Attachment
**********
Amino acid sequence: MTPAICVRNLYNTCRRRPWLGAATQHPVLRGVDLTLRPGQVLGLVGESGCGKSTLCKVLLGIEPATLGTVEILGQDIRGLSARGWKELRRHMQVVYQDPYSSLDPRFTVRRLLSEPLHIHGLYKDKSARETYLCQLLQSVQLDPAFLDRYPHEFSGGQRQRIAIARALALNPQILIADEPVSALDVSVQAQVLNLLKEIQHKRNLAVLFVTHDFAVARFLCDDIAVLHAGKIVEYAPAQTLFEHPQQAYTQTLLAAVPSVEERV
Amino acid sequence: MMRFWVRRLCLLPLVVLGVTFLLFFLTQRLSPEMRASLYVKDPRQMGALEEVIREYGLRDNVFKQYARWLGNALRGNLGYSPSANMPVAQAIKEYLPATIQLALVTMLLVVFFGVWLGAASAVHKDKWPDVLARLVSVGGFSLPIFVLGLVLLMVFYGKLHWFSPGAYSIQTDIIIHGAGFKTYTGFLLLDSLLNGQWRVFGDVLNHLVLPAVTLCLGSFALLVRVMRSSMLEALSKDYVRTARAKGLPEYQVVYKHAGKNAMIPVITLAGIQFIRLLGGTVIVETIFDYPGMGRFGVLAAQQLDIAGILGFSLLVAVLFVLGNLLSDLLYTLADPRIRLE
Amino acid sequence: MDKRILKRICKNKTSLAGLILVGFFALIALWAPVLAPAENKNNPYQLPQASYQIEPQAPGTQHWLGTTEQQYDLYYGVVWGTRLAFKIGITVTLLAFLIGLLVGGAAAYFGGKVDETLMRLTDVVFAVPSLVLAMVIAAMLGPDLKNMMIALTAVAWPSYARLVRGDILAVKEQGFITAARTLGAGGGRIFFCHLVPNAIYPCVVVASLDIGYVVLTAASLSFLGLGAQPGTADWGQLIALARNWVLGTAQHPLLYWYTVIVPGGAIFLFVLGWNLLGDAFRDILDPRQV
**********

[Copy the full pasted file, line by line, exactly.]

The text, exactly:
Amino acid sequence: MTPAICVRNLYNTCRRRPWLGAATQHPVLRGVDLTLRPGQVLGLVGESGCGKSTLCKVLLGIEPATLGTVEILGQDIRGLSARGWKELRRHMQVVYQDPYSSLDPRFTVRRLLSEPLHIHGLYKDKSARETYLCQLLQSVQLDPAFLDRYPHEFSGGQRQRIAIARALALNPQILIADEPVSALDVSVQAQVLNLLKEIQHKRNLAVLFVTHDFAVARFLCDDIAVLHAGKIVEYAPAQTLFEHPQQAYTQTLLAAVPSVEERV
Amino acid sequence: MMRFWVRRLCLLPLVVLGVTFLLFFLTQRLSPEMRASLYVKDPRQMGALEEVIREYGLRDNVFKQYARWLGNALRGNLGYSPSANMPVAQAIKEYLPATIQLALVTMLLVVFFGVWLGAASAVHKDKWPDVLARLVSVGGFSLPIFVLGLVLLMVFYGKLHWFSPGAYSIQTDIIIHGAGFKTYTGFLLLDSLLNGQWRVFGDVLNHLVLPAVTLCLGSFALLVRVMRSSMLEALSKDYVRTARAKGLPEYQVVYKHAGKNAMIPVITLAGIQFIRLLGGTVIVETIFDYPGMGRFGVLAAQQLDIAGILGFSLLVAVLFVLGNLLSDLLYTLADPRIRLE
Amino acid sequence: MDKRILKRICKNKTSLAGLILVGFFALIALWAPVLAPAENKNNPYQLPQASYQIEPQAPGTQHWLGTTEQQYDLYYGVVWGTRLAFKIGITVTLLAFLIGLLVGGAAAYFGGKVDETLMRLTDVVFAVPSLVLAMVIAAMLGPDLKNMMIALTAVAWPSYARLVRGDILAVKEQGFITAARTLGAGGGRIFFCHLVPNAIYPCVVVASLDIGYVVLTAASLSFLGLGAQPGTADWGQLIALARNWVLGTAQHPLLYWYTVIVPGGAIFLFVLGWNLLGDAFRDILDPRQV